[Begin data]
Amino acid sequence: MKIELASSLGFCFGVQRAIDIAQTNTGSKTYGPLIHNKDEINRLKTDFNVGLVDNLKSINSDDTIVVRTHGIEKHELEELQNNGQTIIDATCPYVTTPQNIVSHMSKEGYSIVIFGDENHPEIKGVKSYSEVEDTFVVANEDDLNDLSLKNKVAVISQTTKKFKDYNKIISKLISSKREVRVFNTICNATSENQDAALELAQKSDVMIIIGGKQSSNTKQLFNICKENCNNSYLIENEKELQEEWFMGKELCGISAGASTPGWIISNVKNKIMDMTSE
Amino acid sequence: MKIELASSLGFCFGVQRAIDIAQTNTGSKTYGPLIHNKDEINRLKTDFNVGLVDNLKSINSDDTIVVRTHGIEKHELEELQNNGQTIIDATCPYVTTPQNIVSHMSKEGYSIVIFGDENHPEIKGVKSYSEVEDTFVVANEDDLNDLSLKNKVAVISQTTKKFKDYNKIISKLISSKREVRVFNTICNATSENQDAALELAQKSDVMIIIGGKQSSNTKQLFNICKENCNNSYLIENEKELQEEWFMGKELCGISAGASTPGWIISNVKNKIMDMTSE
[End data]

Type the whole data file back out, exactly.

Amino acid sequence: MKIELASSLGFCFGVQRAIDIAQTNTGSKTYGPLIHNKDEINRLKTDFNVGLVDNLKSINSDDTIVVRTHGIEKHELEELQNNGQTIIDATCPYVTTPQNIVSHMSKEGYSIVIFGDENHPEIKGVKSYSEVEDTFVVANEDDLNDLSLKNKVAVISQTTKKFKDYNKIISKLISSKREVRVFNTICNATSENQDAALELAQKSDVMIIIGGKQSSNTKQLFNICKENCNNSYLIENEKELQEEWFMGKELCGISAGASTPGWIISNVKNKIMDMTSE
Amino acid sequence: MKIELASSLGFCFGVQRAIDIAQTNTGSKTYGPLIHNKDEINRLKTDFNVGLVDNLKSINSDDTIVVRTHGIEKHELEELQNNGQTIIDATCPYVTTPQNIVSHMSKEGYSIVIFGDENHPEIKGVKSYSEVEDTFVVANEDDLNDLSLKNKVAVISQTTKKFKDYNKIISKLISSKREVRVFNTICNATSENQDAALELAQKSDVMIIIGGKQSSNTKQLFNICKENCNNSYLIENEKELQEEWFMGKELCGISAGASTPGWIISNVKNKIMDMTSE